Further, the matrix tablets were found to release the drug following Higuchi square root kinetics, with the mechanism of release being diffusion for tablets containing higher proportion of mucilage and a combination of matrix erosion and diffusion for tablets containing smaller proportion of mucilage. The swelling and erosion studies revealed that, as the proportion of mucilage in tablets was increased, there was a corresponding increase in percent swelling and a decrease in percent erosion of tablets. The SEM photomicrographs showed gelling structures in tablets containing higher percentage of mucilage, while both pores and gelling structures were present on the surface of tablets containing smaller proportion of mucilage and commercial formulation. On comparative evaluation, the dissolution profile from formulation containing mucilage to drug in the proportion of 1:40 was found to be similar to the commercial sustained release formulation of diclofenac.[37]


The brine shrimp lethality assay (BSL) has been used routinely in the primary screening of the crude extracts as well as the isolated compounds to assess the toxicity toward brine shrimps, which could also provide an indication of possible cytotoxic properties of the test materials. It has been established that the cytotoxic compounds usually show good activity in the BSL assay, and this assay can be recommended as a guide for the detection of antitumor and pesticidal compounds because of its

simplicity and cost effectiveness. The extracts of M. pudica did not show any significant toxicity toward brine shrimps in the

BSL assay. Owing to a high degree of lipophilicity, the n-hexane extract could not be tested. Whereas the LD

and MeOH extracts of M. pudica was 1.0 mg/mL. The LD


50 value of the DCM


50 value of the positive control, podophyllotoxin, was 2.8 × 10



Samangaadi Churna, Kutajavaleha, Pusyanug Churna, Bhret Gangadhara Churna.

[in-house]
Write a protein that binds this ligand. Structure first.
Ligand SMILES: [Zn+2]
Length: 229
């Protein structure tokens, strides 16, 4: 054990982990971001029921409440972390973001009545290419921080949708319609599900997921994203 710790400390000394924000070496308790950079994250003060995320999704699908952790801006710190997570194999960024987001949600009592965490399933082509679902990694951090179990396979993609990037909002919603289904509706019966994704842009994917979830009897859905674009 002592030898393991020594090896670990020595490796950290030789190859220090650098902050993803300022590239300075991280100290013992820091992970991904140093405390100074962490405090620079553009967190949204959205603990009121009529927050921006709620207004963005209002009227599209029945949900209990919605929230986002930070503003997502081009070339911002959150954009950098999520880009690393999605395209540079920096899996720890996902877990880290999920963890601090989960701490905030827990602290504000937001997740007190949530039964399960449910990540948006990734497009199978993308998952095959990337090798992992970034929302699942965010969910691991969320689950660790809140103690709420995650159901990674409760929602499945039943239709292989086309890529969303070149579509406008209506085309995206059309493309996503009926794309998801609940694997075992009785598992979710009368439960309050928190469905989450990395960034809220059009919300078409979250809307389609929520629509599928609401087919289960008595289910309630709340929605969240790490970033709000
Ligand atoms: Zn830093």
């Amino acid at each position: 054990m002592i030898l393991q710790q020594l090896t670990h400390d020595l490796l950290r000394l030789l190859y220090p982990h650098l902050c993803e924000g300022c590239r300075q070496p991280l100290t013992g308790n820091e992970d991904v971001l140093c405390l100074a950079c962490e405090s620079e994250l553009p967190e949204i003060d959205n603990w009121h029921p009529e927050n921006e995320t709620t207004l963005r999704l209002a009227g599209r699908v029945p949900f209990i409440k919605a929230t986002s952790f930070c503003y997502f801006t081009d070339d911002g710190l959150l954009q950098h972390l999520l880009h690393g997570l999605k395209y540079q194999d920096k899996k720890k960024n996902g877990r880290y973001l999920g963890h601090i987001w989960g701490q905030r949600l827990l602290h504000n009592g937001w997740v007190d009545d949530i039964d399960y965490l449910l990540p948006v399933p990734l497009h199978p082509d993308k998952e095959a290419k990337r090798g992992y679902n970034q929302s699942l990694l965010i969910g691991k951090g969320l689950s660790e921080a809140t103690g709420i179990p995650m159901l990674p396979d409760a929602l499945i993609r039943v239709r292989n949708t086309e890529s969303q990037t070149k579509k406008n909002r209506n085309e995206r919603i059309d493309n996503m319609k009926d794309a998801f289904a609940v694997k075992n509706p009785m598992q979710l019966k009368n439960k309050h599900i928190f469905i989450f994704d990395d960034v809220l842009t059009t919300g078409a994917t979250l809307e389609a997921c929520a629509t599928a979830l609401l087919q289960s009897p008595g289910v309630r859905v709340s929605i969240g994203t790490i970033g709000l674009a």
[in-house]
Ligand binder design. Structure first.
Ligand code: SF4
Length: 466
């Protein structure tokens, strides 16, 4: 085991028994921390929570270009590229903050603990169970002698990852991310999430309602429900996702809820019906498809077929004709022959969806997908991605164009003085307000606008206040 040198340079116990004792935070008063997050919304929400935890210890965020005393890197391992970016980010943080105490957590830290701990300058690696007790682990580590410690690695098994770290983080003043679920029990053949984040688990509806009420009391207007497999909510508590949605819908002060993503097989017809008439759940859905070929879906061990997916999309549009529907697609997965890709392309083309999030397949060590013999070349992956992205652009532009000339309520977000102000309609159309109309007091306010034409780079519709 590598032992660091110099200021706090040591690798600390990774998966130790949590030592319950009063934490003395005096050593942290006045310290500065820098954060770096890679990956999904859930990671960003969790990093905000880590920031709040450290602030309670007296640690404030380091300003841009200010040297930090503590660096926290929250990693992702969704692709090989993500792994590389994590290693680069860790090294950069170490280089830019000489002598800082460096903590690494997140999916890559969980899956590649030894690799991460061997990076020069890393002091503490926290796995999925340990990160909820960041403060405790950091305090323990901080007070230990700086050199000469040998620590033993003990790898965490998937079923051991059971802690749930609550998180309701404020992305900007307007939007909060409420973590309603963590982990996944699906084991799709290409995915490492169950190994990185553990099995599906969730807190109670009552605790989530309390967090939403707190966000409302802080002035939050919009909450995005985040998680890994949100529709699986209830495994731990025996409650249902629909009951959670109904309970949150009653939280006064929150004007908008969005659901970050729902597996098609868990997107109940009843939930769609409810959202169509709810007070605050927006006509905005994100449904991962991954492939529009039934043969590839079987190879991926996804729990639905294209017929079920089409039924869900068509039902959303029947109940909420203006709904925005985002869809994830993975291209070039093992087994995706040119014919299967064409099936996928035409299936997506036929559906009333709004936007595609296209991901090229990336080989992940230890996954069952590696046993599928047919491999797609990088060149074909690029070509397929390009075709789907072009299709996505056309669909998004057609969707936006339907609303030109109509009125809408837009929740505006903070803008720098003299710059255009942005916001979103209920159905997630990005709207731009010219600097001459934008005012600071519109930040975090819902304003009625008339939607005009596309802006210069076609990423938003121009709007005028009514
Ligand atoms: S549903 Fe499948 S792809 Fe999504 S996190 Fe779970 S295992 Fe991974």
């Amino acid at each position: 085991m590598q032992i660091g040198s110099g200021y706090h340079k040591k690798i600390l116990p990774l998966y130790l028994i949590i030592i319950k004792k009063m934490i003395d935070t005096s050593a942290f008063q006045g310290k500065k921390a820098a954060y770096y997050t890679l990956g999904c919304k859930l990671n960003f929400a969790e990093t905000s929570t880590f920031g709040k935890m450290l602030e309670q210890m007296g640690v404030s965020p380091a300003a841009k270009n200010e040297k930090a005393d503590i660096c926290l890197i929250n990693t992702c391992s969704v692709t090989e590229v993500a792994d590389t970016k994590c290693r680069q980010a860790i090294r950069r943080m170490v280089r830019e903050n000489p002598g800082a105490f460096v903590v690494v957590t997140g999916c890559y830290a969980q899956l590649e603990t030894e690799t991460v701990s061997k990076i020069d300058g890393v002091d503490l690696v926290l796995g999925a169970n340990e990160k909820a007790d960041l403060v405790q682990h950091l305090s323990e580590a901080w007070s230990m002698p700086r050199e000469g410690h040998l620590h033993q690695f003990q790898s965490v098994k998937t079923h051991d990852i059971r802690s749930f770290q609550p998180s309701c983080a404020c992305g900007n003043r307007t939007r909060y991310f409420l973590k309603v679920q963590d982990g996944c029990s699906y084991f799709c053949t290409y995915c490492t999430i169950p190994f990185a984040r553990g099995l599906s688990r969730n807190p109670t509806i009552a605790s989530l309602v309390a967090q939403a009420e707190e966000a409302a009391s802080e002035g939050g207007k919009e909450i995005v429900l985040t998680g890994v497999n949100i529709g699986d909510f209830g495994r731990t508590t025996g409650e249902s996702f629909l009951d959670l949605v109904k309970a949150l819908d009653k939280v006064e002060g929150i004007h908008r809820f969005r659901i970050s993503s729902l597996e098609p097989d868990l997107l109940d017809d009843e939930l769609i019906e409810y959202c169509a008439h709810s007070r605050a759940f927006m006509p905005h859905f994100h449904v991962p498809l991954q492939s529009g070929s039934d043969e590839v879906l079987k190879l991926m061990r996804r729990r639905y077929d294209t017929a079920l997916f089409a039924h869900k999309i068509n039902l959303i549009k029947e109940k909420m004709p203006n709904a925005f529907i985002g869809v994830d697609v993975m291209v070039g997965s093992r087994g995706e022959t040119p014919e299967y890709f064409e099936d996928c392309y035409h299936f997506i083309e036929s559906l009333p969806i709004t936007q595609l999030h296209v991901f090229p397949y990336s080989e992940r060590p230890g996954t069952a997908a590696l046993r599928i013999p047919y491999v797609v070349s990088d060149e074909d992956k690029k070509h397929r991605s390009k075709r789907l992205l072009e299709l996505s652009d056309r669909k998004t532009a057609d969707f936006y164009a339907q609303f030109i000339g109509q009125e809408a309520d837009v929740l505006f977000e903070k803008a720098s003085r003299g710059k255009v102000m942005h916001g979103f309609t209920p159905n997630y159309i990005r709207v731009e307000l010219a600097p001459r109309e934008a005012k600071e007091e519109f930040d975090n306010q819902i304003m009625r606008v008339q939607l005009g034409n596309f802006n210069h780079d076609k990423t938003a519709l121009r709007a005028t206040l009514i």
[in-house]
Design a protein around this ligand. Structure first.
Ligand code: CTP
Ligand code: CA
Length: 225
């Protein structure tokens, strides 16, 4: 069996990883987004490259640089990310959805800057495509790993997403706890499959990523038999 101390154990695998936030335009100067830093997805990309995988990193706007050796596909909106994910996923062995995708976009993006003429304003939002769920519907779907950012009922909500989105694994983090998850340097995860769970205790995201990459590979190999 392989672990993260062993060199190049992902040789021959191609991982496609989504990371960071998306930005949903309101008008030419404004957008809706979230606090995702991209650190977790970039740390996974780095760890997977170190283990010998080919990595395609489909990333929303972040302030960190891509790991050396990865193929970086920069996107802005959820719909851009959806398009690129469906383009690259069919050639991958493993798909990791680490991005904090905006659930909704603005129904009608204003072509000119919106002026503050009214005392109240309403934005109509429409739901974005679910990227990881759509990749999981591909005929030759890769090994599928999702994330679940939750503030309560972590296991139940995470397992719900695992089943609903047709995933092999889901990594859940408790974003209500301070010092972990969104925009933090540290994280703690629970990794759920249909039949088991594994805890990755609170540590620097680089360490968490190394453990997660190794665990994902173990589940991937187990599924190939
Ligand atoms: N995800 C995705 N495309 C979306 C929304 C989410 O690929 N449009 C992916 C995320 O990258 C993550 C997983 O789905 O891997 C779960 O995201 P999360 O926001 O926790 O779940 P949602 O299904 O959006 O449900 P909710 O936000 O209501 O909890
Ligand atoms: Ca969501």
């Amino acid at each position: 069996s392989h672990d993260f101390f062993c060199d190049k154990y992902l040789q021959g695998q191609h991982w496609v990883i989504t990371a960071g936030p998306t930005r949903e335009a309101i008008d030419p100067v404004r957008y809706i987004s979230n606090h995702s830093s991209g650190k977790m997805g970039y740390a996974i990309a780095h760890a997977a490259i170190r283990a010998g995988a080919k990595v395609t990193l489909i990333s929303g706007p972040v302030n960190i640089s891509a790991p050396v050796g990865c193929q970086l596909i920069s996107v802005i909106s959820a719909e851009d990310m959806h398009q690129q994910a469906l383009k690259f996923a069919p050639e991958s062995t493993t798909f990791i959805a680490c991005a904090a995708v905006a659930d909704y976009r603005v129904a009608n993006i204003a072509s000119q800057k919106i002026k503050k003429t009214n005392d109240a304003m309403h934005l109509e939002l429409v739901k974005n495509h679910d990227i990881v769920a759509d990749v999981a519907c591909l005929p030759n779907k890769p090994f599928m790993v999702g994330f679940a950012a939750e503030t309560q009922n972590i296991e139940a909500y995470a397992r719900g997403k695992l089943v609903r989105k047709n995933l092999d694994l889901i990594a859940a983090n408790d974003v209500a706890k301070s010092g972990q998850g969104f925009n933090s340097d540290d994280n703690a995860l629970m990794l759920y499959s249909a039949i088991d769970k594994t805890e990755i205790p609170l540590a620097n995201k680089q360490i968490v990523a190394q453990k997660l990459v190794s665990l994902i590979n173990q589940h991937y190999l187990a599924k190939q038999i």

10–20 g of drug for decoction.[6]


The plant prominently features in the texts of ‘Ayurveda′, i.e. the traditional Indian system of medicine, which prompted the authors to compile the published data and to critically analyze it, and is an honest, though rather the preliminary attempt for the preparation of the plant monograph. The review presented a brief profile of M. pudica, a plant associated with fond memories of almost every Indian childhood (chhui-mui). The literature claims that there is vast potential in this herb in view of therapeutics and furthermore, commercialization of this herb would be in line with the WHO guidelines (developing country needs to give more emphasis on exploration of their natural resources like medicinal plants) is highly desirable for the benefits of humanity. It is suggestive of greater benefits as it is economically viable, easily available and a reservoir of significant medicinal properties.[39]


Source of Support: Nil

Conflict of Interest: None declared.

Article information

Pharmacogn Rev. 2012 Jul-Dec; 6(12): 115–124. doi: 10.4103/0973-7847.99945 PMCID: PMC3459453 PMID: 23055637

Department of Pharmacognosy, Faculty of Pharmacy, Babu Banarasi Das National Institute of Technology and Management, Faizabad Road, Lucknow, Uttar Pradesh, India Address for correspondence: Prof. Rajiv Gupta, Department of Pharmacognosy, Faculty of Pharmacy, Babu Banarasi Das National Institute of Technology and Management, Lucknow, Uttar Pradesh, India. E-mail: rajiv961@rediffmail.com

Received 2011 Feb 18; Revised 2011 Apr 2; Accepted 2012 Aug 23.

Copyright : © Pharmacognosy Reviews This is an open-access article distributed under the terms of the Creative Commons Attribution-Noncommercial-Share Alike 3.0 Unported, which permits unrestricted use, distribution, and reproduction in any medium, provided the original work is properly cited.

This article has been cited by other articles in PMC.

Articles from Pharmacognosy Reviews are provided here courtesy of Wolters Kluwer -- Medknow Publications